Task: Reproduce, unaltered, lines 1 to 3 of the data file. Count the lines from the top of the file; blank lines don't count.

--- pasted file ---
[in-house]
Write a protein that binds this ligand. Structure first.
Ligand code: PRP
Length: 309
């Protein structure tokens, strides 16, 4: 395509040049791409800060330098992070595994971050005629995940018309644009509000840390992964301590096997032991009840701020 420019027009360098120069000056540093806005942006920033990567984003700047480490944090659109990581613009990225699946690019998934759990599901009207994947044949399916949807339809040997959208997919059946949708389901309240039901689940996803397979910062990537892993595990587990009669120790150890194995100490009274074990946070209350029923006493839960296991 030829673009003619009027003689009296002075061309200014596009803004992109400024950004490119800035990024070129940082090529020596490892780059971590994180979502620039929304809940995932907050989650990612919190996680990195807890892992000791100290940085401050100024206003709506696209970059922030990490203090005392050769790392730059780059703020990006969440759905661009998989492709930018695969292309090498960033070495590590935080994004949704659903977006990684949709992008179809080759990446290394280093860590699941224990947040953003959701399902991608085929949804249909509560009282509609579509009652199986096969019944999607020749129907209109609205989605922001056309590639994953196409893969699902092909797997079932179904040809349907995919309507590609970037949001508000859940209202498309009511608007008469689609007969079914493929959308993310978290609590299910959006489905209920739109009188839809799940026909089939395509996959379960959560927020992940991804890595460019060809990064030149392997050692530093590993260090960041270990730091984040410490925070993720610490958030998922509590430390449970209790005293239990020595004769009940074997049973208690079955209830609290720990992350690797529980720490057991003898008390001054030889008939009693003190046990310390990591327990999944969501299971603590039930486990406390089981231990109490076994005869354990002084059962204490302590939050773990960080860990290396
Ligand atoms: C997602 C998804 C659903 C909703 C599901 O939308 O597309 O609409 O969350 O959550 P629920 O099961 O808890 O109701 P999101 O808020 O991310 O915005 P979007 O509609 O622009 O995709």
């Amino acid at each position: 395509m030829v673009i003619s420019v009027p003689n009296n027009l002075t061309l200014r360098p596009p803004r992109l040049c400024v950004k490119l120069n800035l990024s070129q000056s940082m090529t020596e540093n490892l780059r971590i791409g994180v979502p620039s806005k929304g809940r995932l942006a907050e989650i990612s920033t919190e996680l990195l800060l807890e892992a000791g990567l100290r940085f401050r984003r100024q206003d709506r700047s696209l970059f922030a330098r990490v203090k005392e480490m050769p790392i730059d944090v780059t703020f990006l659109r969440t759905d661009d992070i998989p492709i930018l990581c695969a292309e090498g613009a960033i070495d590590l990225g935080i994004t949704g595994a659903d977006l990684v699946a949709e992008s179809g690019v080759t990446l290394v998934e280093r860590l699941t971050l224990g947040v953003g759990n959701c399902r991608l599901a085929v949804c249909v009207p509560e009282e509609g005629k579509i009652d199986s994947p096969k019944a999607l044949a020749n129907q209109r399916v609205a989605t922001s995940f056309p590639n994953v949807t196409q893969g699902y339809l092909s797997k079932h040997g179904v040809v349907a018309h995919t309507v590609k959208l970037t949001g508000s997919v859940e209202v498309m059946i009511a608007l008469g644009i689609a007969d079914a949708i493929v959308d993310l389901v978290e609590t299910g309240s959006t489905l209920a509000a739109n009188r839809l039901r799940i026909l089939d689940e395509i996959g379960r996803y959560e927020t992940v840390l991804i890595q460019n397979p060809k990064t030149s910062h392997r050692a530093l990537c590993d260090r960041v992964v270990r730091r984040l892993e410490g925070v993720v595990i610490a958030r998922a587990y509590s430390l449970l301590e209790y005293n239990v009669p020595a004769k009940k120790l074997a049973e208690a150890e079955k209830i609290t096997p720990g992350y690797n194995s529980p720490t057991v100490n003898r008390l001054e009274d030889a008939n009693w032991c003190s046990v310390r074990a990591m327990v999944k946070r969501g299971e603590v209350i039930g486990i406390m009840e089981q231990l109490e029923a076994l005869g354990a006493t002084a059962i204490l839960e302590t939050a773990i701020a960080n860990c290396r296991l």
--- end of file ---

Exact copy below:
[in-house]
Write a protein that binds this ligand. Structure first.
Ligand code: PRP